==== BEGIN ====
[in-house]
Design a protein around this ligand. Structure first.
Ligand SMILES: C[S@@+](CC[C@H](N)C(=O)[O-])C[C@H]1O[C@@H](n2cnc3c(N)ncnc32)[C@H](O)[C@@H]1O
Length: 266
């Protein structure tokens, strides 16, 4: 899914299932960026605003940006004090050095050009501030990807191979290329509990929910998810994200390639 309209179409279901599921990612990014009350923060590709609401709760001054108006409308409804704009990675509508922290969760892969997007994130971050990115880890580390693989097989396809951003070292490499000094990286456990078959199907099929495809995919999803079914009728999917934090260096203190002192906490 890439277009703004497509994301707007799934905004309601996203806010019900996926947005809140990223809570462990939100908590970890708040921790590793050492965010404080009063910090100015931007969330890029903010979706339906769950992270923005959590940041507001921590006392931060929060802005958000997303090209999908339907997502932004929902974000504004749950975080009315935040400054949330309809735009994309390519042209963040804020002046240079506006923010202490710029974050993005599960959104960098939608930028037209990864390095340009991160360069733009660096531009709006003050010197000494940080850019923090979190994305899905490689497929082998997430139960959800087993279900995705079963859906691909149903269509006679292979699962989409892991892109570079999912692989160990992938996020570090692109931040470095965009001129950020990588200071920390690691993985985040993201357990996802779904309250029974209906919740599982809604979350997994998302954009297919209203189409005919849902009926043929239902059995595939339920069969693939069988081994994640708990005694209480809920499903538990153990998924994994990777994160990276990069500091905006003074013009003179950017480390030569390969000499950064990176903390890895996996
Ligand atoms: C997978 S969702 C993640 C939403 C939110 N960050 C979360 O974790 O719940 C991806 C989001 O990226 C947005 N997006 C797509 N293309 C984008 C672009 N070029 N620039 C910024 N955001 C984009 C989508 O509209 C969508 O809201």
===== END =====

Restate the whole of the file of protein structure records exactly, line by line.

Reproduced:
[in-house]
Design a protein around this ligand. Structure first.
Ligand SMILES: C[S@@+](CC[C@H](N)C(=O)[O-])C[C@H]1O[C@@H](n2cnc3c(N)ncnc32)[C@H](O)[C@@H]1O
Length: 266
């Protein structure tokens, strides 16, 4: 899914299932960026605003940006004090050095050009501030990807191979290329509990929910998810994200390639 309209179409279901599921990612990014009350923060590709609401709760001054108006409308409804704009990675509508922290969760892969997007994130971050990115880890580390693989097989396809951003070292490499000094990286456990078959199907099929495809995919999803079914009728999917934090260096203190002192906490 890439277009703004497509994301707007799934905004309601996203806010019900996926947005809140990223809570462990939100908590970890708040921790590793050492965010404080009063910090100015931007969330890029903010979706339906769950992270923005959590940041507001921590006392931060929060802005958000997303090209999908339907997502932004929902974000504004749950975080009315935040400054949330309809735009994309390519042209963040804020002046240079506006923010202490710029974050993005599960959104960098939608930028037209990864390095340009991160360069733009660096531009709006003050010197000494940080850019923090979190994305899905490689497929082998997430139960959800087993279900995705079963859906691909149903269509006679292979699962989409892991892109570079999912692989160990992938996020570090692109931040470095965009001129950020990588200071920390690691993985985040993201357990996802779904309250029974209906919740599982809604979350997994998302954009297919209203189409005919849902009926043929239902059995595939339920069969693939069988081994994640708990005694209480809920499903538990153990998924994994990777994160990276990069500091905006003074013009003179950017480390030569390969000499950064990176903390890895996996
Ligand atoms: C997978 S969702 C993640 C939403 C939110 N960050 C979360 O974790 O719940 C991806 C989001 O990226 C947005 N997006 C797509 N293309 C984008 C672009 N070029 N620039 C910024 N955001 C984009 C989508 O509209 C969508 O809201």